Sano Genetics raises £500,000 to make personalised medicine a reality

We are thrilled to back Patrick, Charlotte and Will, co-founders of Cambridge-based Sano Genetics, as they close £500,000 seed funding for their innovative research platform that is set to transform drug discovery and accelerate the growth of personalised medicine. The company will enable large-scale genetic and medical research without sacrificing data privacy – putting individuals in control of their own information.

The Sano platform is powering research into many common disorders such as eczema, diabetes and depression, as well as rare diseases like muscular dystrophy. Its people-centric approach has attracted more than 1,500 participants in its first year – who have contributed tens of thousands of pieces of data.

Partner, Tom Wilson, comments: “We firmly believe the future of medicine will be more personalised – and the platform Sano is building will provide researchers with the data they need to enable this future. The fact that Sano’s platform can achieve this whilst also allowing patients to be in the driving seat and preserve their data privacy makes it even more compelling. As a founding team, Patrick, Charlotte and Will have perfect complementary skill sets to make their vision for Sano a reality and we’re delighted to be partnering with them as part of this funding round.”

Formerly known as Heterogeneous, the company is aiming to enrol more than 10,000 people and support half a dozen new research projects by the end of this year. “We want to build the platform that will make personalised medicine a reality,” said Patrick Short, CEO of Sano Genetics.

Unlike traditional genetic data sharing companies, Sano has created what it describes as a ‘transparent’ platform which allows individuals to opt in or out of different studies and share as much or as little information as they wish. “We are passionate about the potential for personalised medicine based on genetic and health data,” said Patrick. “But we are uncomfortable with all the uncertainty around privacy policies and data ownership from the big direct-to-consumer sequencing companies.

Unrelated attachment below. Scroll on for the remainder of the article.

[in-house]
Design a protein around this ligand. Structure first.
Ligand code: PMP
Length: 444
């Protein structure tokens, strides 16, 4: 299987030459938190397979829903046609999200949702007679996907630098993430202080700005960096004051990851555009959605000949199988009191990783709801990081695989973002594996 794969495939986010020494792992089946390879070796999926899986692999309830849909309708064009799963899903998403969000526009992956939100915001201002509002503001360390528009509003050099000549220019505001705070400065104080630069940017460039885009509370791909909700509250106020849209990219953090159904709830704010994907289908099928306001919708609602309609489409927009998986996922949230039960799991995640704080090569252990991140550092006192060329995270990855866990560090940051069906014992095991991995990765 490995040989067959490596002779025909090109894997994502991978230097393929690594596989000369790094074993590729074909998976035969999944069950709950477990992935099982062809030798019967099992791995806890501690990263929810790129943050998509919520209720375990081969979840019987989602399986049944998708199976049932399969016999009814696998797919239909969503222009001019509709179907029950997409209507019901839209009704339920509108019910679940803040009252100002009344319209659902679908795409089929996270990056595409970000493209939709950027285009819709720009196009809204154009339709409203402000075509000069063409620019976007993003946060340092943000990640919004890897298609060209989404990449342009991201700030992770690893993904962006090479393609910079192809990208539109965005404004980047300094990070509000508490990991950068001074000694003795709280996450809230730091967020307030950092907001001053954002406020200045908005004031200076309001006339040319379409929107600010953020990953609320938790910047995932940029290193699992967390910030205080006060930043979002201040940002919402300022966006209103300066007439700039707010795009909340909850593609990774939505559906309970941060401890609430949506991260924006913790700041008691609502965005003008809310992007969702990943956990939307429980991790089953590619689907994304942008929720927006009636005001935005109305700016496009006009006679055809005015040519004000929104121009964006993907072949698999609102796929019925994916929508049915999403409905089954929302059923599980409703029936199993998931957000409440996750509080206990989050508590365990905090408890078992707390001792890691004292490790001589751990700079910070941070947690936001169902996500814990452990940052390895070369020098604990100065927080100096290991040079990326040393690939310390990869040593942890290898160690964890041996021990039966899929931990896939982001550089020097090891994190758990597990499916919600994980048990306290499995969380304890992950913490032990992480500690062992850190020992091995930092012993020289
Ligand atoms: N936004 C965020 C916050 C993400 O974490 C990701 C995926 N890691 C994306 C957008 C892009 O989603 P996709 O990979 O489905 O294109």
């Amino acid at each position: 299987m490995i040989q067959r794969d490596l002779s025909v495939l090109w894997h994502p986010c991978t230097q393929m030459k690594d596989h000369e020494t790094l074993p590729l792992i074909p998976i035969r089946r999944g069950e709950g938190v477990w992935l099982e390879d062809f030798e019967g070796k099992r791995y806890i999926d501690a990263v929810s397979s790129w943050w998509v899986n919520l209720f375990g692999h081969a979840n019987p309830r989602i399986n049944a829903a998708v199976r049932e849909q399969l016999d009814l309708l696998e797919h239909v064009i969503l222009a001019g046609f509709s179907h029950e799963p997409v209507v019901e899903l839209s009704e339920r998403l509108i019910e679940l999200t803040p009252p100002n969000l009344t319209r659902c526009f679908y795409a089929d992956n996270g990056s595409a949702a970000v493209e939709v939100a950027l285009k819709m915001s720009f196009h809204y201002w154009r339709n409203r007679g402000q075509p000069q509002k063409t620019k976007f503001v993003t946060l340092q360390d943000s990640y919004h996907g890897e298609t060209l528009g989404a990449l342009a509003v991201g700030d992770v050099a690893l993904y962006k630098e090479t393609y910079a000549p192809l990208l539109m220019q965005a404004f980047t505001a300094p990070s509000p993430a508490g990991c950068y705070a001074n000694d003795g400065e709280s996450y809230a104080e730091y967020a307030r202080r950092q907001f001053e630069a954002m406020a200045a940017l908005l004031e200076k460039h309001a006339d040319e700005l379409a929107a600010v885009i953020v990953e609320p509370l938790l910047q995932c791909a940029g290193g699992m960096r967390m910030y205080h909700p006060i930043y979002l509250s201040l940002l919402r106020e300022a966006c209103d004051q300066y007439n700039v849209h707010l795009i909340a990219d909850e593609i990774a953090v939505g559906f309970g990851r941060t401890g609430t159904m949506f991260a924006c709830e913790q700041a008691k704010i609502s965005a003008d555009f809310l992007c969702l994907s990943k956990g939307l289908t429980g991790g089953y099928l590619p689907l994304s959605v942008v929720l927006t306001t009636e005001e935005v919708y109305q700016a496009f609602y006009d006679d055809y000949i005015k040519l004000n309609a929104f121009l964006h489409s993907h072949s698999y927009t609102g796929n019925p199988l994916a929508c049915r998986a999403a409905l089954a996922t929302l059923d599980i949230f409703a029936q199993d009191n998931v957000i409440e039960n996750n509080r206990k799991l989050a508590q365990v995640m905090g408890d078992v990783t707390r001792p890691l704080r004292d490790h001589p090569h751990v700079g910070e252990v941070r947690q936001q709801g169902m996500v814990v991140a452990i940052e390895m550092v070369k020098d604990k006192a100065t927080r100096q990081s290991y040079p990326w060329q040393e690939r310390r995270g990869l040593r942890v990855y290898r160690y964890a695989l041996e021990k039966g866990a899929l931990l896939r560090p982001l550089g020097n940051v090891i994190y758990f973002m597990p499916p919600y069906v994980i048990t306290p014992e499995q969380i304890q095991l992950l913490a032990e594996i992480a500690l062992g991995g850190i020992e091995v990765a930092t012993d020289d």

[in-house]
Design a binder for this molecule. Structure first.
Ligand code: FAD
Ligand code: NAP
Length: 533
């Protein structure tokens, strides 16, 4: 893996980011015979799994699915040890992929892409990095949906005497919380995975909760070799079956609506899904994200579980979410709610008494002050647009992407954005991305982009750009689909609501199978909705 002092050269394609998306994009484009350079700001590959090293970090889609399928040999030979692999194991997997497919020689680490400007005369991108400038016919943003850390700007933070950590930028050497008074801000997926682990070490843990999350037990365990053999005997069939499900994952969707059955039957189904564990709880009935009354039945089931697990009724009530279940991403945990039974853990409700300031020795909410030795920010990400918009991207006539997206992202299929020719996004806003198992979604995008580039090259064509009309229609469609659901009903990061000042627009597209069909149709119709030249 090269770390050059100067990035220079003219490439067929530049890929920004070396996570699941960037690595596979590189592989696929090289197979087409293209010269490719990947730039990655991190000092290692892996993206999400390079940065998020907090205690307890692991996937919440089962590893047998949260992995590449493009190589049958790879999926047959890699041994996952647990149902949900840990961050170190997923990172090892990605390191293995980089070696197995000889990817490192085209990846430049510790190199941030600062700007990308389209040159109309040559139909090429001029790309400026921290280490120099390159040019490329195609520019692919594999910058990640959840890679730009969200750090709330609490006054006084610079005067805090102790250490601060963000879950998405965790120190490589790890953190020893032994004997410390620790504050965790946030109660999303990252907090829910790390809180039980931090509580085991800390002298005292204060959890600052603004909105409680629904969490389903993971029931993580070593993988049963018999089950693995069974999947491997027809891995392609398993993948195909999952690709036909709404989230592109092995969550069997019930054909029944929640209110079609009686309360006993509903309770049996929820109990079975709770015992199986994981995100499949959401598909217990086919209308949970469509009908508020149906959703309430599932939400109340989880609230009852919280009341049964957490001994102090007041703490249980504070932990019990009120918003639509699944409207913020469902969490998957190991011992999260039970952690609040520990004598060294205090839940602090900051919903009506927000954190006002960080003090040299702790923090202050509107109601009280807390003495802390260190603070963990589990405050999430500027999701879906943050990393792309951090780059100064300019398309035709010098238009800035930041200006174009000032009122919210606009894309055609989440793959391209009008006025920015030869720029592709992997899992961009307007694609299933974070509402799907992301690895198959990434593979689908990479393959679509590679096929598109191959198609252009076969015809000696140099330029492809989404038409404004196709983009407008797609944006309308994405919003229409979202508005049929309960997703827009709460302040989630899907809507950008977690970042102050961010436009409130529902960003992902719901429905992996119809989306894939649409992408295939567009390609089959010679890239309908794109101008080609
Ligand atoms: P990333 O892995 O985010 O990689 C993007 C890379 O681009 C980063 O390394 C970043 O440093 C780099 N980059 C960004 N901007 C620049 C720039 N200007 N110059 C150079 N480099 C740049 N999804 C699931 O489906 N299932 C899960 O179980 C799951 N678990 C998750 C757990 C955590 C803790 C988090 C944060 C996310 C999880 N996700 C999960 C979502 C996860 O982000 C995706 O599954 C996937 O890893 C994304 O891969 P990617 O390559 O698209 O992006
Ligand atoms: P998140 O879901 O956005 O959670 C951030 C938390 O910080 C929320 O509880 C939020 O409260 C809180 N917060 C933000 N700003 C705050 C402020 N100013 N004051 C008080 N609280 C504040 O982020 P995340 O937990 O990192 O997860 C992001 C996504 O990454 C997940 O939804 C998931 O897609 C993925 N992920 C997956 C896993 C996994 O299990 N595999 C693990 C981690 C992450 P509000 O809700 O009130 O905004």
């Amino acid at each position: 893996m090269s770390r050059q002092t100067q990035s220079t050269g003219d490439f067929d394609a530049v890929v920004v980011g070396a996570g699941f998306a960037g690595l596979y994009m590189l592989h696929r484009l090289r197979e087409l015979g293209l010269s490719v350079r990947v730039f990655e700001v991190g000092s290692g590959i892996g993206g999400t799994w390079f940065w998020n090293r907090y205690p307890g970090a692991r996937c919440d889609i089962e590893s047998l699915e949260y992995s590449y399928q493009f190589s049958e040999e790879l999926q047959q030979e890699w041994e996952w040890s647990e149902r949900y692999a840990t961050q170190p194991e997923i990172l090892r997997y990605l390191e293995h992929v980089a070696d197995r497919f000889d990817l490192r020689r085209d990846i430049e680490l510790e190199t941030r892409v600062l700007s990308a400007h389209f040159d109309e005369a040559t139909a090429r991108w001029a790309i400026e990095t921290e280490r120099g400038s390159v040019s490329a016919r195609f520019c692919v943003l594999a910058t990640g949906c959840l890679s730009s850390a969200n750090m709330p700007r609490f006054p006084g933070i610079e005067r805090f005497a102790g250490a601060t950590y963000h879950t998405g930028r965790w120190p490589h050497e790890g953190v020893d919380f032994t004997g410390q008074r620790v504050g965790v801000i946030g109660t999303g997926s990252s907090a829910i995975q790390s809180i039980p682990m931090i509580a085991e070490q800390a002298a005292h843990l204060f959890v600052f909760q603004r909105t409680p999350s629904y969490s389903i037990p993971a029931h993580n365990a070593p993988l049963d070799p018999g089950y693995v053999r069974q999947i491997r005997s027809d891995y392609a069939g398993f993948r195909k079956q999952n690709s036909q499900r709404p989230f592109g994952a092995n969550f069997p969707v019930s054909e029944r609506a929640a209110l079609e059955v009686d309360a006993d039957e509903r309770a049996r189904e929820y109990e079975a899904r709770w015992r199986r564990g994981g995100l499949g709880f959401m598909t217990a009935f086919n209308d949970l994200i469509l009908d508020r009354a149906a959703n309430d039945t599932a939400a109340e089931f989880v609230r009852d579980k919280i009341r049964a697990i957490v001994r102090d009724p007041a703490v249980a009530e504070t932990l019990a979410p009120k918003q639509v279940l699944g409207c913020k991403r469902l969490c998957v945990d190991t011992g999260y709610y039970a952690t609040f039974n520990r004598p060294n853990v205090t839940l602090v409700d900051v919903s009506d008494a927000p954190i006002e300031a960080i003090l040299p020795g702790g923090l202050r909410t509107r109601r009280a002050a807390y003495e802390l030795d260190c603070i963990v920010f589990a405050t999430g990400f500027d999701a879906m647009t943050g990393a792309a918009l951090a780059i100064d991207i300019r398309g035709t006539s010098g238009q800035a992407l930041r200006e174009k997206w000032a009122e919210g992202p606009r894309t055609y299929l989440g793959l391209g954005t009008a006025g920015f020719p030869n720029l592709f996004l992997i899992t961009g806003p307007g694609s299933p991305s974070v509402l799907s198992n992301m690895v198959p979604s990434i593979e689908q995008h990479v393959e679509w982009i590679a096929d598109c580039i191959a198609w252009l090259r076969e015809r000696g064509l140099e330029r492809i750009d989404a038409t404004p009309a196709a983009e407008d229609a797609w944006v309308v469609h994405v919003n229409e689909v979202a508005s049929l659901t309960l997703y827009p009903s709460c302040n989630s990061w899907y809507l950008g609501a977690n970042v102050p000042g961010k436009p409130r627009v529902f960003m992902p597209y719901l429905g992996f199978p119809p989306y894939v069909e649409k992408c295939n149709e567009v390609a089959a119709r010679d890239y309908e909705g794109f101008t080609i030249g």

“Our platform allows scientists to do research into personalised medicine, and access dynamic health and genetic data sets, while still giving individuals transparency and control throughout the process. This is not a ‘nice to have’ – it’s an absolute requirement. When people trust in the system, and see the benefits from their participation, they are more likely to take part again in the future.”

It’s free to register – people are asked to provide basic information about their medical history to help match them to relevant research studies. If they already have genetic data – from an ancestry test, for example – they can add it to their profile and, with their consent, this can also be used in research. The company also works to match people with a research project that can fund the cost of DNA sequencing. Participants are given access to free personalised reports written by research scientists, based on their genetic data.

“This new approach by Sano is very exciting,” said research scientist Dr Mark Kotter, CEO of Elpis Biomed. “Our drug discovery and cell therapy research is often limited by outdated consent models and limited options for keeping in touch with patients to request participation in new studies. Sano’s work to match interested patients and patient groups with research projects has the potential to transform drug discovery and personalised medicine.”

Andy Kulina was one of the first users of the Sano platform. His daughter has the rare genetic disorder Phelan-McDermid syndrome, which affects cognitive development, communication and mobility. “I am always looking for ways to access the latest research on my daughter’s condition but rarely get any results or data from the studies we participate in,” said Andy. “Even when results are returned, they are often full of medical jargon. So I really appreciate the way Sano is working to support great research while giving participants full access to data and results.”

Other investors in the round include Cambridge Enterprise, the family office of Paul Forster, Will Neale, Jon Folland, Gordon Ashworth, Ramesh Haridas and Daniel Murrell, along with grant funding from the University of Cambridge and the Y Combinator Startup School.

To learn more about your genetics, participate in cutting edge research and join a community of people making a difference, visit

View all news

Subscribe to our newsletter